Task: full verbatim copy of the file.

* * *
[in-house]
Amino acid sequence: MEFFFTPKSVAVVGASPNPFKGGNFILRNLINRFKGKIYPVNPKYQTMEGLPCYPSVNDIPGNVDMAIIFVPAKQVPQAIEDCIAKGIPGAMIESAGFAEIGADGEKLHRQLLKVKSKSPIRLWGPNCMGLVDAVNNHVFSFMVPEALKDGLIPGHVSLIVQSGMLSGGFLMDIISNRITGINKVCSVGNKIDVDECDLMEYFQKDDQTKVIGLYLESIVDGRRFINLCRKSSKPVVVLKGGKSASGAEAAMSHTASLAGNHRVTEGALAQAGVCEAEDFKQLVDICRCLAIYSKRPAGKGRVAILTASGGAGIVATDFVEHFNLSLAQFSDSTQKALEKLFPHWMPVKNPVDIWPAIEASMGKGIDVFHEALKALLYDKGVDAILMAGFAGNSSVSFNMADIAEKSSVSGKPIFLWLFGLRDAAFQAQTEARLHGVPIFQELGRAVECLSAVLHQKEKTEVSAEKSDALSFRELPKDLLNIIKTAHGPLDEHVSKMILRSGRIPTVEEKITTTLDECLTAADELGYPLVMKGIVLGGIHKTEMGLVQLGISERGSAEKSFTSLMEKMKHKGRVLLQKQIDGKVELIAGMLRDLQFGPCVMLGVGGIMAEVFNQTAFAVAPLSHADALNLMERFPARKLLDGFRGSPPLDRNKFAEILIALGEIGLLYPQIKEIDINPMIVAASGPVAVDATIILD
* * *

[in-house]
Amino acid sequence: MEFFFTPKSVAVVGASPNPFKGGNFILRNLINRFKGKIYPVNPKYQTMEGLPCYPSVNDIPGNVDMAIIFVPAKQVPQAIEDCIAKGIPGAMIESAGFAEIGADGEKLHRQLLKVKSKSPIRLWGPNCMGLVDAVNNHVFSFMVPEALKDGLIPGHVSLIVQSGMLSGGFLMDIISNRITGINKVCSVGNKIDVDECDLMEYFQKDDQTKVIGLYLESIVDGRRFINLCRKSSKPVVVLKGGKSASGAEAAMSHTASLAGNHRVTEGALAQAGVCEAEDFKQLVDICRCLAIYSKRPAGKGRVAILTASGGAGIVATDFVEHFNLSLAQFSDSTQKALEKLFPHWMPVKNPVDIWPAIEASMGKGIDVFHEALKALLYDKGVDAILMAGFAGNSSVSFNMADIAEKSSVSGKPIFLWLFGLRDAAFQAQTEARLHGVPIFQELGRAVECLSAVLHQKEKTEVSAEKSDALSFRELPKDLLNIIKTAHGPLDEHVSKMILRSGRIPTVEEKITTTLDECLTAADELGYPLVMKGIVLGGIHKTEMGLVQLGISERGSAEKSFTSLMEKMKHKGRVLLQKQIDGKVELIAGMLRDLQFGPCVMLGVGGIMAEVFNQTAFAVAPLSHADALNLMERFPARKLLDGFRGSPPLDRNKFAEILIALGEIGLLYPQIKEIDINPMIVAASGPVAVDATIILD